Now the question arises: "Who is my neighbour," or "Who is my fellow man for whom God holds me responsible?" Desiring to justify his irresponsibility, a certain lawyer said unto Jesus, And who is my neighbour? Christ's answer clearly told the man that he was responsible before God for those in need whom Divine Providence brought him into contact. (Luke 10:25ff.) However, is the responsibility "unconditional," or unlimited?

  • Christian Responsibility

    God establishes His will concerning proper responsibility toward the neighbour by giving His Word concerning the poor. One of the primary commands in the New Testament is to remember the poor (Gal 2:10), but we must return to the Old Testament for a proper understanding of one's responsibility toward those in need.

    And if thy brother be waxen poor, and fallen in decay with thee; then thou shalt relieve him: yea, though he be a stranger, or a sojourner; that he may live with thee. Take thou no usury of him, or increase: but fear thy God; that thy brother may live with thee. Thou shalt not give him thy money upon usury, nor lend him thy victuals for increase. I am the LORD your God, which brought you forth out of the land of Egypt, to give you the land of Canaan, and to be your God. And if thy brother that dwelleth by thee be waxen poor, and be sold unto thee; thou shalt not compel him to serve as a bondservant: (Lev 25:35-39.)

    Contained above are God's laws concerning the poor. V. 35 assumes that the normal way of life is debt free; however, there are times when, through not through sloth nor negligence, one comes into poverty. At that time, the person borrows money or sells his property. In addition, v. 35, shows that God's people must have concern for the stranger. John Gill (1696-1771) rightly commented on v. 35:

    And if thy brother be waxen poor, &c.] An Israelite, as Aben Ezra, be reduced to a low estate, through afflictions in body, or in family, or through losses in trade, or want of business, or through one providence or another:

    and fallen in decay with thee; in his worldly substance: or "his hand wavers", or "fails" {p}; so that he cannot support himself and his family, has not a sufficiency, or it is not in the power of his hands to do it; and it is not owing to sloth and negligence, but to unavoidable want and necessity:

    then thou shalt relieve him; not merely by sympathizing with him, but by communicating to him, and distributing to his necessities; holding him up that he may not utterly fall, and strengthening his hands, that he may have a supply for his present wants:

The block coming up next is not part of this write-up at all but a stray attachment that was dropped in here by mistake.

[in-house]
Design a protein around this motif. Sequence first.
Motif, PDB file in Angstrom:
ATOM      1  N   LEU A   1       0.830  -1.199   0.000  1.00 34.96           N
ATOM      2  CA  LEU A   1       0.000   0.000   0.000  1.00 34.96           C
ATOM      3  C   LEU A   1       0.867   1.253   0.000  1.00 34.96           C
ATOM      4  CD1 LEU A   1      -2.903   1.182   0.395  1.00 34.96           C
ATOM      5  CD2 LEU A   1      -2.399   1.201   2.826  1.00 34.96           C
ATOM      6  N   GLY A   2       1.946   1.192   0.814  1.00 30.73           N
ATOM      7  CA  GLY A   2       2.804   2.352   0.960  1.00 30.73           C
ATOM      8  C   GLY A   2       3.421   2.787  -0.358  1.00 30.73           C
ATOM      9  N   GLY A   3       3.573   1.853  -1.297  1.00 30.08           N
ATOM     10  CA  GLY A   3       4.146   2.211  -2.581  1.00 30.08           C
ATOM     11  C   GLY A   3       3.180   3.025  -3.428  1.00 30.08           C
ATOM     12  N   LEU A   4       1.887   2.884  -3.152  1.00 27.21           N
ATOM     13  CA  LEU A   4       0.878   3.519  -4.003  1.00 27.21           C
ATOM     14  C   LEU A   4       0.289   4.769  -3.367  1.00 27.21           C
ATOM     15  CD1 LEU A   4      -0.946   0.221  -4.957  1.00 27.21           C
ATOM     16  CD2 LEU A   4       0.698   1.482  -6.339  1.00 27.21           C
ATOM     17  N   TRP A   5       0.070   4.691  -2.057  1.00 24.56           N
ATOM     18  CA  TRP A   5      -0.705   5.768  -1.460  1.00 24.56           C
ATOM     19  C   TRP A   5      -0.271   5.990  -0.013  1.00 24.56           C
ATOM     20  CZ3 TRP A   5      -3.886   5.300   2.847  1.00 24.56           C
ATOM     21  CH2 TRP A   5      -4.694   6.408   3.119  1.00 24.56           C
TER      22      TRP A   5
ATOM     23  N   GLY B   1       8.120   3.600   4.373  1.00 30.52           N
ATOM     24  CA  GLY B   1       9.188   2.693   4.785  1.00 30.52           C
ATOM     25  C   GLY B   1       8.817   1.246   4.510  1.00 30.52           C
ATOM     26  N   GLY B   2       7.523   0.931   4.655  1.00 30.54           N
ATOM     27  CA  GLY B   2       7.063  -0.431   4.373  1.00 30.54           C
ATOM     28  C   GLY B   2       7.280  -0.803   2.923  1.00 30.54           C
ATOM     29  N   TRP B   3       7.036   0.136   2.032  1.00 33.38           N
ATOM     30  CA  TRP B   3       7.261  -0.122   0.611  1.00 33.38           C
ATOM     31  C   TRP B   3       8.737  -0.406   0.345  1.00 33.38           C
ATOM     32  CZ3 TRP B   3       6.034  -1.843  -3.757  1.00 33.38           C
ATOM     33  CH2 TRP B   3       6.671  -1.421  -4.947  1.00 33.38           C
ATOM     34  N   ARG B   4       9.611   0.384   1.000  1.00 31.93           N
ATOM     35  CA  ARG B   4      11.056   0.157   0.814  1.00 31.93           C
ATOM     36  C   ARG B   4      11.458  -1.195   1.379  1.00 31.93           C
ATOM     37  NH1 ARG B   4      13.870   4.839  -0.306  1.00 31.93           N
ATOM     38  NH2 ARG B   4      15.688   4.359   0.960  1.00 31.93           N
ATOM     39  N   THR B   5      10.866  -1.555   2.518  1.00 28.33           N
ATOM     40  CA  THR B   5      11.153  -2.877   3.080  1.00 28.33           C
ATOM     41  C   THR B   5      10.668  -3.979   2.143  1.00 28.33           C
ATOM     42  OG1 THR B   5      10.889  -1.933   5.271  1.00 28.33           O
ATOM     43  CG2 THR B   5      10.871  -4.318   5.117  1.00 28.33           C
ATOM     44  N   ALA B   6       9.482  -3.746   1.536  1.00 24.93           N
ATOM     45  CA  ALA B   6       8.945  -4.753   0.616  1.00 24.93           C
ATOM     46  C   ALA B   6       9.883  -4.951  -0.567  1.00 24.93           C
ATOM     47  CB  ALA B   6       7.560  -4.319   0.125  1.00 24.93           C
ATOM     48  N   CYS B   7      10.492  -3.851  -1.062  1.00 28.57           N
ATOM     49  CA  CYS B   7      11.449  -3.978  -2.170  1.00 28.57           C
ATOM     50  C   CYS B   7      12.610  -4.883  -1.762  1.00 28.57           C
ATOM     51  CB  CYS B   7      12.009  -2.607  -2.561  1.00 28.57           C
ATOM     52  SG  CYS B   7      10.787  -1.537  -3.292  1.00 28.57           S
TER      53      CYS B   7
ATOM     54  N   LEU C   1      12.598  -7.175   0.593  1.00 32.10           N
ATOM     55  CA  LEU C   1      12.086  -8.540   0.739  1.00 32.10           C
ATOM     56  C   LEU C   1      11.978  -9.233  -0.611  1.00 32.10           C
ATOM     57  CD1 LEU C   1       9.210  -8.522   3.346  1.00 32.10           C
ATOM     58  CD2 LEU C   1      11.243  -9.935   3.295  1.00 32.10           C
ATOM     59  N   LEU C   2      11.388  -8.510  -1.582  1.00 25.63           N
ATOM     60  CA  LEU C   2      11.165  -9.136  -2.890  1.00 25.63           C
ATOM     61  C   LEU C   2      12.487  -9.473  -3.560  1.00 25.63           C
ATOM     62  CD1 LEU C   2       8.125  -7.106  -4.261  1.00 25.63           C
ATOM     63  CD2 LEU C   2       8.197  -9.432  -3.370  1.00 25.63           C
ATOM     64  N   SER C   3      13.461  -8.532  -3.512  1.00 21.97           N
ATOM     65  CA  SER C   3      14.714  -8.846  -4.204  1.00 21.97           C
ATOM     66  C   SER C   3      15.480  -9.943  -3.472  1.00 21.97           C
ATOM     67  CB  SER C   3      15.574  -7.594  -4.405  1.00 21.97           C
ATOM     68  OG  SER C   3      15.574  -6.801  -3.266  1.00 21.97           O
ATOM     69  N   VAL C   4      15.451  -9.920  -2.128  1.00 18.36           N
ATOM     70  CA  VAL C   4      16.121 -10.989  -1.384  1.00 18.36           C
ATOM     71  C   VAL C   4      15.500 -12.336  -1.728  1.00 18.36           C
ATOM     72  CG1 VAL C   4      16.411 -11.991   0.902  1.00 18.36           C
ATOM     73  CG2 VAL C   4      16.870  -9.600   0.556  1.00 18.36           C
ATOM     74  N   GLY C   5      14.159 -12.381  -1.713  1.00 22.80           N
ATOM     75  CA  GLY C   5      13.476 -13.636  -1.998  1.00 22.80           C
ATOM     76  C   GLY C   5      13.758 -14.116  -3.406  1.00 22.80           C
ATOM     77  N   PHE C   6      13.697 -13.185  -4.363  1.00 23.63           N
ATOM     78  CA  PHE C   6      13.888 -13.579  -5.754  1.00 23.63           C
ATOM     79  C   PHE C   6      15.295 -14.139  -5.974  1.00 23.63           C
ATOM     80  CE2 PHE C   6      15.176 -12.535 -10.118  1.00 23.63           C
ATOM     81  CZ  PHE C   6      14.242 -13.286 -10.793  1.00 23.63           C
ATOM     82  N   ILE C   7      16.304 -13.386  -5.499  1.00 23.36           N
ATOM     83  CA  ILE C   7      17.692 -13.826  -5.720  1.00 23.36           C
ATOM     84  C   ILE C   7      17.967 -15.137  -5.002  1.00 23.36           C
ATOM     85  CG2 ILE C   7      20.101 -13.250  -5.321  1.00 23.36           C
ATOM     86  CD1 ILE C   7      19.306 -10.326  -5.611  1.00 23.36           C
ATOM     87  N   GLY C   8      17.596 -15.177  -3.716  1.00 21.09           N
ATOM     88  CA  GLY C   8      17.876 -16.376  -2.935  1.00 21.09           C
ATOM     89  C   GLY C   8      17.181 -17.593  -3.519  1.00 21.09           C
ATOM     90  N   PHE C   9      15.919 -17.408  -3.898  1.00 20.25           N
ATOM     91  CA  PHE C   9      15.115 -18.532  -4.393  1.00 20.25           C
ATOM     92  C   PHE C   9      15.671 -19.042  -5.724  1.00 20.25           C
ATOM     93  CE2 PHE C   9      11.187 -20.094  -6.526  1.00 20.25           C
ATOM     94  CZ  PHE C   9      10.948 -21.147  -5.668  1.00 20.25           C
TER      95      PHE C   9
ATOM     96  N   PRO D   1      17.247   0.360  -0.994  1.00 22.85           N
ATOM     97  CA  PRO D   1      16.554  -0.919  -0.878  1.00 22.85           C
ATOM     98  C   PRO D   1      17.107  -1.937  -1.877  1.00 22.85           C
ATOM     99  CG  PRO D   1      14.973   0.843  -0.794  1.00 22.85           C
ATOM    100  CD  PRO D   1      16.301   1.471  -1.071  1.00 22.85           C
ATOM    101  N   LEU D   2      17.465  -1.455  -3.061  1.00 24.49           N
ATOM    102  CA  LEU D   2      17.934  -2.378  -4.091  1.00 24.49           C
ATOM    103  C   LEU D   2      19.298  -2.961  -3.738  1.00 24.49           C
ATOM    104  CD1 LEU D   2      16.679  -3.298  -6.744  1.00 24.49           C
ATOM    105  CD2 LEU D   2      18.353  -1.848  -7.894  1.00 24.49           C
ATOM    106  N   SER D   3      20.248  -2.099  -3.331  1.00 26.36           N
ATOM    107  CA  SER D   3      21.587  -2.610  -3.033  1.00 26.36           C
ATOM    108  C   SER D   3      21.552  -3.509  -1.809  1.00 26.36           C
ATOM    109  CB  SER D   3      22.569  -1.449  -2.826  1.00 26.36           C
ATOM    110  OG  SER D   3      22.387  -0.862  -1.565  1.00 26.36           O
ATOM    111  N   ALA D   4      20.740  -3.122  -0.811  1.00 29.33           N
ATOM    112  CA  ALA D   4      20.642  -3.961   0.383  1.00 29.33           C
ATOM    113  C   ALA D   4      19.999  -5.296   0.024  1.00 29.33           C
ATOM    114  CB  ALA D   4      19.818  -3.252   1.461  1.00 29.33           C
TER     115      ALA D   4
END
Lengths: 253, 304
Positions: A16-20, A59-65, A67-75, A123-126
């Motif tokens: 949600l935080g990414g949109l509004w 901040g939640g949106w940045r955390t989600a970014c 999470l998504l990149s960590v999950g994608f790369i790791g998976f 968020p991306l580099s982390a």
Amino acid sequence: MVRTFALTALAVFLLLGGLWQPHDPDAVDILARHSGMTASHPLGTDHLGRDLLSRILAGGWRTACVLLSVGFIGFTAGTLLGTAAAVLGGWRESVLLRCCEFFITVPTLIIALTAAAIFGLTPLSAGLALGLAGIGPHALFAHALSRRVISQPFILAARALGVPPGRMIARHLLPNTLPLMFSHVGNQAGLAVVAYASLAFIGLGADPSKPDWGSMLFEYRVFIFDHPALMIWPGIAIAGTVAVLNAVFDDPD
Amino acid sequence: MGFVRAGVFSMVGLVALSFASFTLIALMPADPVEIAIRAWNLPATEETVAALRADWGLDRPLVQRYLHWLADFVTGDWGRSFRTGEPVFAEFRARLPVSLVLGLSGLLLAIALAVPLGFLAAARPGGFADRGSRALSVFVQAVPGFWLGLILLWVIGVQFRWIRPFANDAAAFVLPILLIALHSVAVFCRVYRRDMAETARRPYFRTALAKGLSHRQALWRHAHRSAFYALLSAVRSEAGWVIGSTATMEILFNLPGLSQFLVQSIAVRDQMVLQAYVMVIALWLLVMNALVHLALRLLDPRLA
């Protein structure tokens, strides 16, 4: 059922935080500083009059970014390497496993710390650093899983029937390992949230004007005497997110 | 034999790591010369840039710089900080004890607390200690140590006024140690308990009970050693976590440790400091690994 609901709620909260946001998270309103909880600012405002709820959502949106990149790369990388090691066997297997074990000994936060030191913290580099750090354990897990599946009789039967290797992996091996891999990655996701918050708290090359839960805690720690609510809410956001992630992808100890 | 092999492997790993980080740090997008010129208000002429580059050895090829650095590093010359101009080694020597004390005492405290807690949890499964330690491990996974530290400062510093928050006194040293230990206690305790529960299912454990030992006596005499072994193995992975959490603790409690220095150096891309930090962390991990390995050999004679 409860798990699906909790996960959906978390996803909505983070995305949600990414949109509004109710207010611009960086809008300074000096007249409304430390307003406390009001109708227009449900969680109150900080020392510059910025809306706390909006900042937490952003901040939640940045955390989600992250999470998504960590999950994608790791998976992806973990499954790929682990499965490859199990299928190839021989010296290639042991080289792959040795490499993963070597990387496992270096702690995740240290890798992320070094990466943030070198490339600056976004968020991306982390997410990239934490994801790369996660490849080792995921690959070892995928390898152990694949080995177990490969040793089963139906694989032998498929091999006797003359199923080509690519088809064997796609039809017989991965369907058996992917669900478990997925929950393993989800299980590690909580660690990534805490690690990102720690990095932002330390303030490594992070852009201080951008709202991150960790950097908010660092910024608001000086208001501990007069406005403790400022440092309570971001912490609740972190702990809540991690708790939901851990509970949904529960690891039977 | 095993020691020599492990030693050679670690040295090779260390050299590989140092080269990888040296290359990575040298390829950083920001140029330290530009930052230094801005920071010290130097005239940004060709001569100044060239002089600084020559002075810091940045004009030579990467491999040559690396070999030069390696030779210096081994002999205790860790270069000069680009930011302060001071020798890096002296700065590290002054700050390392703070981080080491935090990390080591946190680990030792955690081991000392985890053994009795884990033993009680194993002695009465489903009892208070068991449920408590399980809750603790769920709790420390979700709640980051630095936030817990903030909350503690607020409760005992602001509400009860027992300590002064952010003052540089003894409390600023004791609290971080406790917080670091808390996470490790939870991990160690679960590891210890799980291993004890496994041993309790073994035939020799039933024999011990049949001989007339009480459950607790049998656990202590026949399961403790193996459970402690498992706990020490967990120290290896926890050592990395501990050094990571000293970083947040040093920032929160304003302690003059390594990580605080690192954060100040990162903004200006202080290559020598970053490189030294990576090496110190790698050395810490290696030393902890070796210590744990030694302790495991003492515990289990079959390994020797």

[yea, though he be] a stranger or a sojourner; whether a proselyte of righteousness, who is circumcised, and in all things conforms to the true religion; or a proselyte of the gate, who takes it upon him not to worship idols, and eat things that die of themselves, as Jarchi notes:

    that he may live with thee; continue in the land of Canaan, and not be obliged to quit it, and be laid under temptations of apostatizing from the true religion professed by him, and so far as he is come into it, which would bring a worse death than corporeal upon him; or that he may have a livelihood in some tolerable manner at least, and even live comfortably and cheerfully. (Online Bible.)

    The poor are thus defined as those reduced to a low estate through no fault of their own: They are not reduced by their own slothfulness and/or negligence. Their circumstances were unavoidable, for Divine Providence brought about the conditions in which they are found. (Eph 4:28 and James 1 and 2, along with other passages, imply that God leaves the poor among us to test our love for, i.e., obedience to, Him.)

    V. 36, the poor are specifically protected from usury - usury and interest are the same word: Lending to the poor ledeth unto the Lord, and the Lord will repay, with interest, Proverbs 19:17. Exodus 22:25 and Leviticus 25:36, 37, prohibit usury in the context of helping the poor among God's people: The poor are not to be loaned anything in their time of need with interest attached. Since Deuteronomy 23:19, 20 (Thou shalt not lend upon usury to thy brother; usury of money, usury of victuals, usury of any thing that is lent upon usury: Unto a stranger thou mayest lend upon usury; but unto thy brother thou shalt not lend upon usury: that the LORD thy God may bless thee in all that thou settest thine hand to in the land whither thou goest to possess it.) is given on the bases of Exodus 22 and Leviticus 25, apparently usury was only forbidden when lending to the poor among God's people.

    In other words, those, even among God's people, who borrowed for "consumer goods" to make life "better" or so they could have "bigger and better" are lawfully subject to interest. They have no grounds to complain against high interest rates nor to complain against the "thieving" bankers and credit card companies with high interest rates: They borrowed money to serve their idol - covetousness, their desire for more, better and/or bigger. But the poor neighbour did not borrow because he was controlled by covetousness; rather, he borrowed because Providence placed him in his sad estate. (Cf., Pro 16:33.) Moreover, evidently the poor could not be required to repay, but the poor must be defined properly as those who are not in their situation through their own slothfulness and/or negligence.